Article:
MRS. SAUNDERS stood looking at her, and Esther turned suddenly on the sofa and said:
'What time is it, mother?'
'It's gone six; but don't you get up. You're your own mistress whilst you're here; you pays for what you 'as.'
'I can't afford them lazy habits. There's plenty of work here, and I must help you with some of it.'
'Plenty of work here, that's right enough. But why should you bother, and you nearly seven months gone? I daresay you feels that 'eavy that you never care to get out of your chair. But they says that them who works up to the last 'as the easiest time in the end. Not that I've found it so.'
The conversation paused. Esther threw her legs over the side of the sofa, and, still wrapped in the blanket, sat looking at her mother.
'You can't be over-comfortable on that bit of sofa,' said Mrs. Saunders.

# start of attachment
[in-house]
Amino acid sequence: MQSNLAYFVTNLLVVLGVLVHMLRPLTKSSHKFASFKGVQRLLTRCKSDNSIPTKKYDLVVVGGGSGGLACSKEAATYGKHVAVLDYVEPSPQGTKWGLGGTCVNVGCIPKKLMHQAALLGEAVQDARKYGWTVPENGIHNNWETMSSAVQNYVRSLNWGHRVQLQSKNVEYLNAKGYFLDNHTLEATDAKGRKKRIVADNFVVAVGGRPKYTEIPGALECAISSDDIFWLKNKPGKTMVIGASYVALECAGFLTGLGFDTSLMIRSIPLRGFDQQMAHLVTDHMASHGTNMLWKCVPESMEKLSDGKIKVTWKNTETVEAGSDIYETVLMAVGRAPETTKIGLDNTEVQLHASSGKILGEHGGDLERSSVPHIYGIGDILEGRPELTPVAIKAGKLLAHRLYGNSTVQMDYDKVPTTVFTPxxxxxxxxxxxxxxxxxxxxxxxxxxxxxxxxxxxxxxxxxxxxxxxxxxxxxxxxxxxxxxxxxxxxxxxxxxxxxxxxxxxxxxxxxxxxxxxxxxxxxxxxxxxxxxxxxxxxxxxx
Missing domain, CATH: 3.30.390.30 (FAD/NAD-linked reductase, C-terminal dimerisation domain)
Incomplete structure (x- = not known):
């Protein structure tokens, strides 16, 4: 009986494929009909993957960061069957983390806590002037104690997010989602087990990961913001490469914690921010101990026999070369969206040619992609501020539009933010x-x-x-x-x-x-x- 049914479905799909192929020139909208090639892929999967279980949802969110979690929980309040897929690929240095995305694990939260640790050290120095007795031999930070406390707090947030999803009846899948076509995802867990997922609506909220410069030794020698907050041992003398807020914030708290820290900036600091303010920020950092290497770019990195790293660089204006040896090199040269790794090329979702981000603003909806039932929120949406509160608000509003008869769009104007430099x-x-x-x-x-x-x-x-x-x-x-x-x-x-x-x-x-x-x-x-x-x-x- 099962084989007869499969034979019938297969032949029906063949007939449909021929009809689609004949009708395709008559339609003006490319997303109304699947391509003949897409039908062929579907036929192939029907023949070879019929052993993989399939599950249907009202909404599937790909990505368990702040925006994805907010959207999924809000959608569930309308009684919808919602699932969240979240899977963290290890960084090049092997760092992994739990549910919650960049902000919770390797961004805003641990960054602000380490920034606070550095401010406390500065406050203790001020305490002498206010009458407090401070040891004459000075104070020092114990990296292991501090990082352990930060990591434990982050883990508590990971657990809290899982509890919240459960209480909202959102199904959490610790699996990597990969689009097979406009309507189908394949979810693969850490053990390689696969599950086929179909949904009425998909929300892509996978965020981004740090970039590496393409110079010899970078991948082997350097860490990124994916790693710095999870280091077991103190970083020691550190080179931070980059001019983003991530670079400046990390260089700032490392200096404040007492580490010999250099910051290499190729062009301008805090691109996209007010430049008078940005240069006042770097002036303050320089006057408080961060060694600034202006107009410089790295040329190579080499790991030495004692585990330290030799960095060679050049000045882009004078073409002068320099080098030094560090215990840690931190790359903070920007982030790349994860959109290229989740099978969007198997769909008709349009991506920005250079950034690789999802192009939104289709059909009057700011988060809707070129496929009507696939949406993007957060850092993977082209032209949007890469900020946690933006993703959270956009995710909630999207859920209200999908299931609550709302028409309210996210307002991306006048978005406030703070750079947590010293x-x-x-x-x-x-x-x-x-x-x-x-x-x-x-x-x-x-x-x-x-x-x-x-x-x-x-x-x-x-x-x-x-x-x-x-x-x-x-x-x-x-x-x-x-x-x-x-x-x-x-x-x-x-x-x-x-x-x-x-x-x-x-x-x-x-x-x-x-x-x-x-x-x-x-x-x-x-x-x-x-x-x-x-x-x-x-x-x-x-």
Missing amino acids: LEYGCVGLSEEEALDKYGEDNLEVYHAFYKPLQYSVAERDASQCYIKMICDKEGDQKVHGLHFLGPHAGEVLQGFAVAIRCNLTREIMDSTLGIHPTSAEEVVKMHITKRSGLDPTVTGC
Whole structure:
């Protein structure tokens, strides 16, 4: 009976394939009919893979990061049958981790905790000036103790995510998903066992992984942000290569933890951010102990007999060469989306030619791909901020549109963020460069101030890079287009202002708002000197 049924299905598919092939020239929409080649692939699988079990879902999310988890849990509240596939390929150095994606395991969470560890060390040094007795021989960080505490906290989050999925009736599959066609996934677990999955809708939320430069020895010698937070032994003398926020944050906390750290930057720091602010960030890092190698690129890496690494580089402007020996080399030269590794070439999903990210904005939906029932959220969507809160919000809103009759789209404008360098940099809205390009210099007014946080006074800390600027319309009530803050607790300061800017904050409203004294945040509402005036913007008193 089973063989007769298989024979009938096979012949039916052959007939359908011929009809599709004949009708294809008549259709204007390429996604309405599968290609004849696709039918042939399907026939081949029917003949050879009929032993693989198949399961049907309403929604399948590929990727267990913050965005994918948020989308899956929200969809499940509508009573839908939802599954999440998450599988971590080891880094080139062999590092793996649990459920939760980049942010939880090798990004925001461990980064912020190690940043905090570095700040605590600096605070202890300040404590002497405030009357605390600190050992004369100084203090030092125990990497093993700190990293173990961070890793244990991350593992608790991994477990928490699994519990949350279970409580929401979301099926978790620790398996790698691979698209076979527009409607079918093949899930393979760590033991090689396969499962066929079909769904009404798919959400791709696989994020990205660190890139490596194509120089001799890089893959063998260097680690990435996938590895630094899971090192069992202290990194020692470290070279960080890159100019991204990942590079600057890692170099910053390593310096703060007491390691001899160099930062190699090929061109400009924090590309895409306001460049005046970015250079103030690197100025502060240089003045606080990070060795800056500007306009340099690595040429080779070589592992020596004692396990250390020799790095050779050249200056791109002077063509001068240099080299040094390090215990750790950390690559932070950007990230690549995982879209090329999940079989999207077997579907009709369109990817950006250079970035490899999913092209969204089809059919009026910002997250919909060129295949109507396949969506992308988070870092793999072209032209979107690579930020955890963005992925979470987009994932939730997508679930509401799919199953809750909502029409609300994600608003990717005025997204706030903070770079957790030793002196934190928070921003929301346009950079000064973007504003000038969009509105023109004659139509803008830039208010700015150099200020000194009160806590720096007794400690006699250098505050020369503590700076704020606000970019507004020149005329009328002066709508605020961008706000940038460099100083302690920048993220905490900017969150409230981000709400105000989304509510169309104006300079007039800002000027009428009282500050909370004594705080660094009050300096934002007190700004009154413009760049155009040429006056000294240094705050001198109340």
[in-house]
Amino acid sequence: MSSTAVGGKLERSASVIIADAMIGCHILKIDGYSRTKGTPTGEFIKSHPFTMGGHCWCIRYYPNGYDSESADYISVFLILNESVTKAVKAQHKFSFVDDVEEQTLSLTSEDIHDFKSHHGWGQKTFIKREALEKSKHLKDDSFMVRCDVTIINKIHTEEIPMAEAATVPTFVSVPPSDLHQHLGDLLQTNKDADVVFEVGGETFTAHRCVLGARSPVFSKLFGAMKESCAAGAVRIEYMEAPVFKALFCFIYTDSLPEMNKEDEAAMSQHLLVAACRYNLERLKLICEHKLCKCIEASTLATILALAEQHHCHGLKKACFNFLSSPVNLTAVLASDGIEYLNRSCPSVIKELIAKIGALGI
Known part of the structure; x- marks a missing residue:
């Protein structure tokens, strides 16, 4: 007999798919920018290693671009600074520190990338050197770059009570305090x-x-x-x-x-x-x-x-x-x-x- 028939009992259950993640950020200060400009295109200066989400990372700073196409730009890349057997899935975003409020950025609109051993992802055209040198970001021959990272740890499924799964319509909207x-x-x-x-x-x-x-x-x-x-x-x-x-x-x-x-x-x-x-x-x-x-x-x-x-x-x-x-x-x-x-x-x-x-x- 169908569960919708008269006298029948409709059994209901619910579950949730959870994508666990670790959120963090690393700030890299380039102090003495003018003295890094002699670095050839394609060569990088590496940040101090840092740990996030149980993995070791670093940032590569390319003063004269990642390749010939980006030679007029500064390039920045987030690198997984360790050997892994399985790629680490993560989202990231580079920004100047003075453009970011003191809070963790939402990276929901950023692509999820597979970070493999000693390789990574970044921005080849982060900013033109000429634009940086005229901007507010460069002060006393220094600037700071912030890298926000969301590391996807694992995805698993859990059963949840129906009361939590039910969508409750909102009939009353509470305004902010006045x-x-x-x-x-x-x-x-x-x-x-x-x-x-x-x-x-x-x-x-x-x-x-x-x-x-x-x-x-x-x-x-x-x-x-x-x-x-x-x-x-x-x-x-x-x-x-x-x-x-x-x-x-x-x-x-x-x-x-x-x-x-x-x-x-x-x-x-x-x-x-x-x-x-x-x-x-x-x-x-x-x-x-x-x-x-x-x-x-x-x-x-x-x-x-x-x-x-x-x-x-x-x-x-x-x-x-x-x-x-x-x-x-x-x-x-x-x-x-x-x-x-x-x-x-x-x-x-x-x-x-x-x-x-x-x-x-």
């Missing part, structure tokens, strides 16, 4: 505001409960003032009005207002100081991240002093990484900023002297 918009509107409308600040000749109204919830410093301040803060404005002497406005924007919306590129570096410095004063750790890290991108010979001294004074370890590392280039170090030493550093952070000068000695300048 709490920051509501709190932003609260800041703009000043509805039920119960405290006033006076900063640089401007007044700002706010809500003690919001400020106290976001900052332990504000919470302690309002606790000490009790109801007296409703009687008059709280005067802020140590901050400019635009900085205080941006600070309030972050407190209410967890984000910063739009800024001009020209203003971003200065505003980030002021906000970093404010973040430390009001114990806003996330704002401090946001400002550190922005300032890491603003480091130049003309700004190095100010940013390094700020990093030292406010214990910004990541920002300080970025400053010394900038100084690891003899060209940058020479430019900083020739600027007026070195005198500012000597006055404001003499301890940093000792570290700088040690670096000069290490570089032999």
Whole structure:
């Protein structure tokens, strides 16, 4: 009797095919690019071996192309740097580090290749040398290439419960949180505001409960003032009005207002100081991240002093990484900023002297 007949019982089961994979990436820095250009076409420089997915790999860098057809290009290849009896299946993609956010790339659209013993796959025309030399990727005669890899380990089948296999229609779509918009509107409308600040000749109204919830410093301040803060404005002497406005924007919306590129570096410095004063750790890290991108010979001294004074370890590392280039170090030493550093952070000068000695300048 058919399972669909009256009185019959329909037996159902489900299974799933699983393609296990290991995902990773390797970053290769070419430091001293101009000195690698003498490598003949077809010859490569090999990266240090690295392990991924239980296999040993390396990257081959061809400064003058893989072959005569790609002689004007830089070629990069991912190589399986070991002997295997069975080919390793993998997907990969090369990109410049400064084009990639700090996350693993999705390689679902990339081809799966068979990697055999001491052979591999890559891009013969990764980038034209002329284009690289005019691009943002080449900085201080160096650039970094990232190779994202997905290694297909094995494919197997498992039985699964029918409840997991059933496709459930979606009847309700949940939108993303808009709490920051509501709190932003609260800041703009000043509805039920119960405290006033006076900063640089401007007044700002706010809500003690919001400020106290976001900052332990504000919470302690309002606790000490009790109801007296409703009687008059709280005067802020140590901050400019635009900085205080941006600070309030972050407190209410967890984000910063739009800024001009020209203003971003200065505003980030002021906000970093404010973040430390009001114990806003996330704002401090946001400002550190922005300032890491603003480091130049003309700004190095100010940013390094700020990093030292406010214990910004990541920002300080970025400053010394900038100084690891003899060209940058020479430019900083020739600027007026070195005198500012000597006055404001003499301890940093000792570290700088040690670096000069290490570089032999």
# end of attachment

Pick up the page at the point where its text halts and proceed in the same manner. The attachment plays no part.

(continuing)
'Lor, I can manage right enough, if that was all.'
'You're cast down, Esther; you mustn't give way. Things sometimes turn out better than you'd expect for.'
'You never found they did, mother.'
'Perhaps I didn't, but that says nothing for others. We must bear up as best we can.'
One word led to another, and very soon Esther was telling her mother the whole tale of her misfortune--all about William, the sweepstakes, the ball at the Shoreham Gardens, the walks about the farm and hillside.
'Service is no place for a girl who wants to live as we used to live when father was alive--no service that I've seen. I see that plain enough. Mistress was one of the Brethren like ourselves, and she had to put up with betting and drinking